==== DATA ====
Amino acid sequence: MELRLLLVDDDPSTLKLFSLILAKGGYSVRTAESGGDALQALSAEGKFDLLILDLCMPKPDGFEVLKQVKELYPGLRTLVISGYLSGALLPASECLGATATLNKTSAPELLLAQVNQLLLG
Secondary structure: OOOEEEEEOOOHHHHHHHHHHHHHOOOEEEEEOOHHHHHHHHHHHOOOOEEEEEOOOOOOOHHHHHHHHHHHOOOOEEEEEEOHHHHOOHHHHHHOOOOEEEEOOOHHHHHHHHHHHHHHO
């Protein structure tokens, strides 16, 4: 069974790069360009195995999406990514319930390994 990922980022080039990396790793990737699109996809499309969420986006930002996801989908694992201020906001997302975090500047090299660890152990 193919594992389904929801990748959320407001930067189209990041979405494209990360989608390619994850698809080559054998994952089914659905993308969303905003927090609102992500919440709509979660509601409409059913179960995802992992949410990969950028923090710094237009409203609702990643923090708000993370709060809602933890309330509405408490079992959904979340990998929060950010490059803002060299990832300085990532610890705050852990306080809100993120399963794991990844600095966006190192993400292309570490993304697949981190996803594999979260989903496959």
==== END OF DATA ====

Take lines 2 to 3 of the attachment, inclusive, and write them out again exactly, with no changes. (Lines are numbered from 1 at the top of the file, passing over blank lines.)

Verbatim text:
Secondary structure: OOOEEEEEOOOHHHHHHHHHHHHHOOOEEEEEOOHHHHHHHHHHHOOOOEEEEEOOOOOOOHHHHHHHHHHHOOOOEEEEEEOHHHHOOHHHHHHOOOOEEEEOOOHHHHHHHHHHHHHHO
């Protein structure tokens, strides 16, 4: 069974790069360009195995999406990514319930390994 990922980022080039990396790793990737699109996809499309969420986006930002996801989908694992201020906001997302975090500047090299660890152990 193919594992389904929801990748959320407001930067189209990041979405494209990360989608390619994850698809080559054998994952089914659905993308969303905003927090609102992500919440709509979660509601409409059913179960995802992992949410990969950028923090710094237009409203609702990643923090708000993370709060809602933890309330509405408490079992959904979340990998929060950010490059803002060299990832300085990532610890705050852990306080809100993120399963794991990844600095966006190192993400292309570490993304697949981190996803594999979260989903496959």